On Wednesday, paleontologists reported that they had unearthed the ancient skull of a big cat in Tibet, dated as being between 4.1 and 5.95 million years old.
The age of the find, published in the journal Proceedings of the Royal Society B, compares with the previous record for a pantherine felid, of about 3.8 million years old, for a fossil found in Tanzania. The biological subfamily Pantherinae includes tigers, lions, leopards, snow leopards and jaguars.
The journal paper concluded that the weight of evidence suggests that Pantherinae have their origins in central or northern Asia as part of a larger group that dates back some 16 million years.
"This find suggests that big cats have a deeper evolutionary origin than previously suspected," said investigation leader Jack Tseng, of the University of Southern California.
The origins of big cats have been strongly contested among scientists, with a lack of fossil evidence to indicate where they come from.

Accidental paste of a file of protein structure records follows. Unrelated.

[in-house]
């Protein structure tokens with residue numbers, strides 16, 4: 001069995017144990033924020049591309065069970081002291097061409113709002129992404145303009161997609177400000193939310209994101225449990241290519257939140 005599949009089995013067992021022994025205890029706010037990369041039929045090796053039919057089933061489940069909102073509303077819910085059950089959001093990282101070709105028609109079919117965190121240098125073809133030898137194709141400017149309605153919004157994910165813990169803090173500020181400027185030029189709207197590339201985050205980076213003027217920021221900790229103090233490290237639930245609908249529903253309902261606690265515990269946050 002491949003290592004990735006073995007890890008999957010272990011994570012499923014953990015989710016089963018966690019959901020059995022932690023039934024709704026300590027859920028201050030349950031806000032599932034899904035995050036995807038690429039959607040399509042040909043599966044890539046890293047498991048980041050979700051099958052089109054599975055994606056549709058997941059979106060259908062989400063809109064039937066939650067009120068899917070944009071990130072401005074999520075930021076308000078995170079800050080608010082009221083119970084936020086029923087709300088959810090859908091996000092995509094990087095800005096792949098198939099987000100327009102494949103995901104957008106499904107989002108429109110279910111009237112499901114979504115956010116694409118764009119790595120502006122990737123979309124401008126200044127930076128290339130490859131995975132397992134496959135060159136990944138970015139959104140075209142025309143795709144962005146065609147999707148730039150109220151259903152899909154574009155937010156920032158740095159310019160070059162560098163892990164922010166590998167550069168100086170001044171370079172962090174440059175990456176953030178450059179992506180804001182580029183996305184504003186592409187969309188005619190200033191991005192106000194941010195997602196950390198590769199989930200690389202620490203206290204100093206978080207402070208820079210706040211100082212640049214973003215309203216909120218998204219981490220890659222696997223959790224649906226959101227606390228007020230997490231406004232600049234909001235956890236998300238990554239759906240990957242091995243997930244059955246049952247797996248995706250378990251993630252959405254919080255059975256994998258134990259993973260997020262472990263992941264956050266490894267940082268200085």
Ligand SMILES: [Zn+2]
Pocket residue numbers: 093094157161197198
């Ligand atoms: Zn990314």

Tseng, along with his wife and fellow paleontologist Juan Liu, and Gary Takeuchi from the Natural History Museum of Los Angeles, made their discovery in 2010, in a border region between Tibet and Pakistan.
The find was made in a remote area, wedged between bones that were thought to have been deposited by a river. Scientists used DNA data to build a family tree, revealing that the skull came from a species most closely related to the present-day snow leopard.
A split between Pantherinae and Felinae - the group that includes domestic cats, cougars and lynxes - is thought to have occurred some 6 million years ago.
It is believed that the animals would have lived by preying upon creatures such as the Tibetan blue sheep.
The university said that the newly discovered animal, Panthera blytheae, had been named after "the snow leopard-loving daughter" of a couple that supports the museum in Los Angeles.
rc/mkg (AFP, AP)